Said Recupero, “What I don’t understand is that if we have so many officers why we don’t have more visibility,” said Recupero. “If there’s 100 officers, and if we had three shifts, that should leave some 30 officers to patrol the streets and staff the station. We should be seeing police everywhere.”
Perlatonda said one of the major complaints he gets from residents is about the vagrants in Bellingham Square. He said they make people feel unsafe, they deal drugs and they generate tons of trash.
“I just don’t understand why we tolerate that,” he said. “Maybe we should put them all on a bus and send them up north to Peabody or Danvers or Newburyport, but I doubt they would tolerate them up there for a minute.”
SITE PREP UNDERWAY
Construction trailers and some heavy equipment have moved into the FBI building site on Everett Avenue this week.
The parking lot has also been closed off and fenced in too.
City Manager Jay Ash said it was only site prep work, but that a groundbreaking on the project is coming soon.
TAKING A LOOK AT OVERTIME
City Councillor Leo Robinson put in an order before the Council to get information on overtime spending in the Police and Fire Departments this fiscal year, which started on July 1.
Robinson said he wants to compare how much was spent last year versus this year.
Of particular concern is that he has heard the Fire Department has spent as much as 30 percent of its overtime budget since July 1 and the Police Department 20 percent of its budget.
“I just want to make sure all of it isn’t used up quickly and then we have to have a supplemental appropriation in the middle of the year,” he said.
Three city councillors in some of the more crime-prone neighborhoods of Chelsea have banded together this week to call for better communication and more police presence in their neighborhoods – the alliance forming on the heels of at least two brazen shooting incidents in their districts over the past two weeks.
District 4 Councillor Paula Barton, District 5 Councillor Joe Perlatonda and District 6 Councillor Giovanni Recupero said they have reached a breaking point with the activities in their neighborhoods and they are inviting their colleagues to join the call.
“We all know that crime isn’t going to go away, but we think it can be contained better,” said Recupero. “We have enough police. We have more than 100 officers now and all the shootings, stabbings and other things happen in our three areas. It’s time our districts get more attention. There isn’t as much happening in the other districts. Are they trying to say the people in our districts aren’t good enough to be protected or feel safe? Children should be able to go outside and be safe no matter what part of the city they live in. We keep getting told crime is down 33 percent. Is it really?”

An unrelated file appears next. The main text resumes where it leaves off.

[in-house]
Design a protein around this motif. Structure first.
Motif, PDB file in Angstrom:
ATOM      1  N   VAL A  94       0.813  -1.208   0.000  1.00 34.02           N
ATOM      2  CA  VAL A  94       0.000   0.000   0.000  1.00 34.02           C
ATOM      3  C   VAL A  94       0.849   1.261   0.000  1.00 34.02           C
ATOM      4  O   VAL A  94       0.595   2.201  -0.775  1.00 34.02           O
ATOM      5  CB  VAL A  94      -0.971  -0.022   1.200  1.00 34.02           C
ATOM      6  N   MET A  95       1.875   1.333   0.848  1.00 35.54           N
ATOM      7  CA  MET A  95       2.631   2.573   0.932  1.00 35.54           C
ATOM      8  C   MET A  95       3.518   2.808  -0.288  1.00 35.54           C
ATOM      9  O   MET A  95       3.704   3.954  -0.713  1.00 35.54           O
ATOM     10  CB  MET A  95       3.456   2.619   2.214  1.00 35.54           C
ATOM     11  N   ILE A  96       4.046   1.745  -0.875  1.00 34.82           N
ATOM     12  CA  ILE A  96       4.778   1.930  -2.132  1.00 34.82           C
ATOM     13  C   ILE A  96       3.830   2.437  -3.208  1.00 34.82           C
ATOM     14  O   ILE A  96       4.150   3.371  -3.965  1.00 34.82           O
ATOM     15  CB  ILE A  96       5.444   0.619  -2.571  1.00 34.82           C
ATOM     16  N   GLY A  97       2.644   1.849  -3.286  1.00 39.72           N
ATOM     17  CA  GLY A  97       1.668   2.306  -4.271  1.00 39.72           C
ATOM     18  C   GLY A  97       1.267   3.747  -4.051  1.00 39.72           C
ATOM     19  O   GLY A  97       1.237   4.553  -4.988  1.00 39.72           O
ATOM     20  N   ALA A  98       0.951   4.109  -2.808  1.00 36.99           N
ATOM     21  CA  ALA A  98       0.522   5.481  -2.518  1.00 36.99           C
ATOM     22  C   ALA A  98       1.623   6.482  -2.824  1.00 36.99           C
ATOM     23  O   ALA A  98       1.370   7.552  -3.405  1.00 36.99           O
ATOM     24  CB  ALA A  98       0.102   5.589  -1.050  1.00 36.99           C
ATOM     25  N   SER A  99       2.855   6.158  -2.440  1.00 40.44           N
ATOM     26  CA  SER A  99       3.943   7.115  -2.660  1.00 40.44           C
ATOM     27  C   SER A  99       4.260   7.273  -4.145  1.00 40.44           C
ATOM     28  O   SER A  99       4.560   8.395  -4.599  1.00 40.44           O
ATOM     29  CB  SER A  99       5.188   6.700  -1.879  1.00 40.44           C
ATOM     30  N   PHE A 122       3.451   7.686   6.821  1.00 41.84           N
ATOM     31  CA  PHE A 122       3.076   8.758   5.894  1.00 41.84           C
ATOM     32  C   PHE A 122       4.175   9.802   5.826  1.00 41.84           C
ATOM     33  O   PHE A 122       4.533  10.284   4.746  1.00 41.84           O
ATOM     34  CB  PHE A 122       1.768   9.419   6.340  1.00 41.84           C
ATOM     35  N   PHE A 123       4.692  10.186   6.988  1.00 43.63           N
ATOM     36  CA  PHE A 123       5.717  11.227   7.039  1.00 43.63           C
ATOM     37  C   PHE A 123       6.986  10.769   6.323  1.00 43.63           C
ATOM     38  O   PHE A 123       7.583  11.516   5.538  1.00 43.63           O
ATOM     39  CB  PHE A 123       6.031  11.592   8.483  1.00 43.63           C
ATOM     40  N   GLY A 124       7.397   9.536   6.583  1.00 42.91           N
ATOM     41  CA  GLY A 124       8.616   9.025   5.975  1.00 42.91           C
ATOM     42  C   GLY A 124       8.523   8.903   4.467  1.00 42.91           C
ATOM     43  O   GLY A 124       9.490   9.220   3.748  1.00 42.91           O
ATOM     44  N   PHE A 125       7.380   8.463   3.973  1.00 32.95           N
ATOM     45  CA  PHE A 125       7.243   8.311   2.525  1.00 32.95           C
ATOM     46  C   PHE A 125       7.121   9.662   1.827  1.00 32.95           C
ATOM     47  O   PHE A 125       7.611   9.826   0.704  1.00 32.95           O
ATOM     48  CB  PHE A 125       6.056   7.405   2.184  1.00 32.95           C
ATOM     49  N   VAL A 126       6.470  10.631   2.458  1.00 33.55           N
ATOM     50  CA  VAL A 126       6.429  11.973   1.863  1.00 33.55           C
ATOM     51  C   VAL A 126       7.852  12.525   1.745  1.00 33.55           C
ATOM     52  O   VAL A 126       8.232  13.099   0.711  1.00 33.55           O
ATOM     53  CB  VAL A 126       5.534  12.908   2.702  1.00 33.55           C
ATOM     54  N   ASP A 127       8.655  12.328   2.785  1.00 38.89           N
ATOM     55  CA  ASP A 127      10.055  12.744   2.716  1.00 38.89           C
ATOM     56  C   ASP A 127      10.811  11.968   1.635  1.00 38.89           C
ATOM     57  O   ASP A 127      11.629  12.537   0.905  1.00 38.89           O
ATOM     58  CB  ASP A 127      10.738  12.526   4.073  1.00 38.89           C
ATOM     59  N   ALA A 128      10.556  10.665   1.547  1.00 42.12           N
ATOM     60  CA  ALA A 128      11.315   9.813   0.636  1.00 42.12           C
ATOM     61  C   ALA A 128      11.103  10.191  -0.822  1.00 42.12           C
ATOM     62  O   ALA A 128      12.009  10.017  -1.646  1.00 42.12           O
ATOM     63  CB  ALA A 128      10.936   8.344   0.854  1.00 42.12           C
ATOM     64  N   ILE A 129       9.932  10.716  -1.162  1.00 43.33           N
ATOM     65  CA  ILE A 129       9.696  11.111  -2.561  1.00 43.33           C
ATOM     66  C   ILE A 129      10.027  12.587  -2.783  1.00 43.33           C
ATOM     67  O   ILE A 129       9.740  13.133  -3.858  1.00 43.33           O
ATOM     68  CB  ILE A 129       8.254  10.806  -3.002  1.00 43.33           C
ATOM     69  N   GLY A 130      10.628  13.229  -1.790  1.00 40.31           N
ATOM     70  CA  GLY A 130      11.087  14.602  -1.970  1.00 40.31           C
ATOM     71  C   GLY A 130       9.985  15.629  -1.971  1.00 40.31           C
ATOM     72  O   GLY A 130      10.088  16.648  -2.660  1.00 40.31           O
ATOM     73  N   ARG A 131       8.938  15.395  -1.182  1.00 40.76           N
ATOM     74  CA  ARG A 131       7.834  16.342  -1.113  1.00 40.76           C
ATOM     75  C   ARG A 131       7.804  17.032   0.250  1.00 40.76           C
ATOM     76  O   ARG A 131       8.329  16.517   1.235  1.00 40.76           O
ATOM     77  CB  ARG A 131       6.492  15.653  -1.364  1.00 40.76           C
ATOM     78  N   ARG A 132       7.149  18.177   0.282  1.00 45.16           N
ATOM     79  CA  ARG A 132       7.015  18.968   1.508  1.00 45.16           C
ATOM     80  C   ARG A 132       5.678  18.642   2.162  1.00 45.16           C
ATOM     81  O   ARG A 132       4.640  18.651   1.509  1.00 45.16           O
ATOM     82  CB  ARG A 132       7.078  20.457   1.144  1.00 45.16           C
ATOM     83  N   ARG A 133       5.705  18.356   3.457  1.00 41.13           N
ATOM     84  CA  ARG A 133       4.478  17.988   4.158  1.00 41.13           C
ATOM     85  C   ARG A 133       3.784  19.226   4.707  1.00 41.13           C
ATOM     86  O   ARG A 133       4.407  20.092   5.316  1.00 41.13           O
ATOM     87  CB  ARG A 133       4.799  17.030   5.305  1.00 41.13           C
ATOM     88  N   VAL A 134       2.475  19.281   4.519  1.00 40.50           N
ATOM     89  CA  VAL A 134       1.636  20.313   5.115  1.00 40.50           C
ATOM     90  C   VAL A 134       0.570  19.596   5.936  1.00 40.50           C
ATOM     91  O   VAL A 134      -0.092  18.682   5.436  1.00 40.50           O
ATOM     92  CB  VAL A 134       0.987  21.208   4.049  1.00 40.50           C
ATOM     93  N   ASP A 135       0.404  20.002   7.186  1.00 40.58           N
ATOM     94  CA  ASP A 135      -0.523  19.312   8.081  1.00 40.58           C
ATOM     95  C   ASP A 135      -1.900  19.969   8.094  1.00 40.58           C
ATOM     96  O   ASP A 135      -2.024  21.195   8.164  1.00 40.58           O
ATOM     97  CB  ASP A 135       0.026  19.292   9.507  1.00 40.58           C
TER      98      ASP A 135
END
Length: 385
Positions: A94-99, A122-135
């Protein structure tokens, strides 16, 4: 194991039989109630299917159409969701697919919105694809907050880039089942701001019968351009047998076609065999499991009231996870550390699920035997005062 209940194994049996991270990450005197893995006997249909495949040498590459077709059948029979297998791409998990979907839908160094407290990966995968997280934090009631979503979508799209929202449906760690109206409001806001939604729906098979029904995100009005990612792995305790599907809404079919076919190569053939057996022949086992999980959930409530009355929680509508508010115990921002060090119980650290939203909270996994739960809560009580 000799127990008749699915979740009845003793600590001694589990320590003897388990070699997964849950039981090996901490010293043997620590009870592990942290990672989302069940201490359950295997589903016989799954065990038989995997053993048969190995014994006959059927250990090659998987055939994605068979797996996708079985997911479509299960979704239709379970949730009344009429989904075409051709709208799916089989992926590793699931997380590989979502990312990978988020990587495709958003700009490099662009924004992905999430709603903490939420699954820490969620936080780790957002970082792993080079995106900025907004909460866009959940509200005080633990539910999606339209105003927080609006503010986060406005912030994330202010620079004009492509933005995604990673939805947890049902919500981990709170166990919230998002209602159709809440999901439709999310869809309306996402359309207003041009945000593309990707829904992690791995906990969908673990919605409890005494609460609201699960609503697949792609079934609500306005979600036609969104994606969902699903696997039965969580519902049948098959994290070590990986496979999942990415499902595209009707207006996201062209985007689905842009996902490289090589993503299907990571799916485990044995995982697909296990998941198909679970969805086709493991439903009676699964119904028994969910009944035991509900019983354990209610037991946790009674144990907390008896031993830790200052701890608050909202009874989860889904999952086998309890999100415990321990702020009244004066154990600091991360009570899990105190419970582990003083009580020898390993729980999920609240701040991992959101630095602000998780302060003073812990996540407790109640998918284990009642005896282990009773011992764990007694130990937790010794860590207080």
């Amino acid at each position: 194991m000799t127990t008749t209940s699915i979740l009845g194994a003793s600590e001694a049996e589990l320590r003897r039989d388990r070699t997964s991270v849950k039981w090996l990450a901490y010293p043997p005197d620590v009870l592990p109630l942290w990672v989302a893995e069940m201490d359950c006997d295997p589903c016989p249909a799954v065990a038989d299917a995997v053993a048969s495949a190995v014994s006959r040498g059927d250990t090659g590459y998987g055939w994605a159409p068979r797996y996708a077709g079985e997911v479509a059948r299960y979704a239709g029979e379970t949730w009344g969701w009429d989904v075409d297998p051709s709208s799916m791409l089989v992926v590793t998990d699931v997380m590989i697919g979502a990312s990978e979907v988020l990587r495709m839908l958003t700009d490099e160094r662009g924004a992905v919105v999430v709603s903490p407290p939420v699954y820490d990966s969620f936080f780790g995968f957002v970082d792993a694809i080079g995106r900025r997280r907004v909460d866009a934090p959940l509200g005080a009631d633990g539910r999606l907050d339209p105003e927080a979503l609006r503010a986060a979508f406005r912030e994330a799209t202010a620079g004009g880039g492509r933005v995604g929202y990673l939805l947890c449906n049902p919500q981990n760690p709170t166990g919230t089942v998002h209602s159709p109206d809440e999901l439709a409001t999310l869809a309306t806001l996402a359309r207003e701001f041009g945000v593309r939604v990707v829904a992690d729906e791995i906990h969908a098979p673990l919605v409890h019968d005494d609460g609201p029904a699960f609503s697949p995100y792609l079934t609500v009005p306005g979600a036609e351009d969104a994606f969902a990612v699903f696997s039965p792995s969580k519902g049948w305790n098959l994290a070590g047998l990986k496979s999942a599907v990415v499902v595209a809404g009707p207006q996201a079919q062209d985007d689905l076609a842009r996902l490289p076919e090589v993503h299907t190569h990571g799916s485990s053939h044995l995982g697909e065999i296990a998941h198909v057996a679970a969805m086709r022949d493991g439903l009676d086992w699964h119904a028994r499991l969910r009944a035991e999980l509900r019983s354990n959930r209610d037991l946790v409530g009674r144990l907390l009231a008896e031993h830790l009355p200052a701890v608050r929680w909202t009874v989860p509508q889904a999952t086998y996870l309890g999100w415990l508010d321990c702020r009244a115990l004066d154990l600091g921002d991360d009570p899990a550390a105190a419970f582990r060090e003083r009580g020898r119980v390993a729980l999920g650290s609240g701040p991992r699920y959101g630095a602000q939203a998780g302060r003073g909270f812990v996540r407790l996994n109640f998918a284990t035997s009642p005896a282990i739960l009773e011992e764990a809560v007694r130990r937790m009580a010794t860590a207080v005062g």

Councillor Paula Barton said she would like better communication with the police, more input in legislation and an end to the gunplay she frequently hears.
“I just recently heard pop, pop, pop out my bedroom window on a Saturday night while I was trying to sleep,” she said. “What really bothers me is when crime happens, the city councillors aren’t notified. When I contact members of the police department, they tell me it’s retaliation for a crime two weeks ago or a shooting that happened in East Boston and it was planned. Just because it was planned doesn’t mean we shouldn’t know. I don’t want to be in the dark in my district. We should be the first to know because people call us to ask and we don’t have any answers. It shouldn’t just be a gunshot as usual, retaliation as usual or another uncooperative victim.”
She also said she would like to see more Council-initiated solutions to the problems, rather than solutions just put in front of them for approval.
“They just put it in the package for us,” she said. “We don’t write it. They write it. We’re just expected to put the rubber stamp on it. We need more input.”
Perlatonda, who has long taken issue with approaches on crime, said he doesn’t believe crime is down – at least not the crime that matters most. He said he is still interested in looking into a Police Commissioner and would like a re-examination of the recently passed 10-point plan.
“I’m so tired of hearing crime is down,” he said. “It’s not down. The people of Chelsea want something done. Are we the only ones here for the people? Are we the only ones listening? I have friends that live in different parts of the city, which I often visit, and I walk to get there. I’m starting to worry about my safety on those trips and the safety of children in the neighborhood too. Should I be applying for a gun permit to protect myself or do I have to hire my own bodyguard? We have enough police to patrol the city and we’re still not keeping it safe…The 10-point plan talks about liaisons helping out the drug addicts and the prostitutes, but we are not talking about the zombies walking around Bellingham Square. We are talking about crime, gang-related crimes. Is the 10-point plan going to fix this?”
Recupero said he feels many of the councillors don’t take his pleas seriously when it comes to public safety. He hopes that after the recent spate of violence, maybe they will.
“Some of the councillors care more about street cleaning that cleaning up the streets,” he said.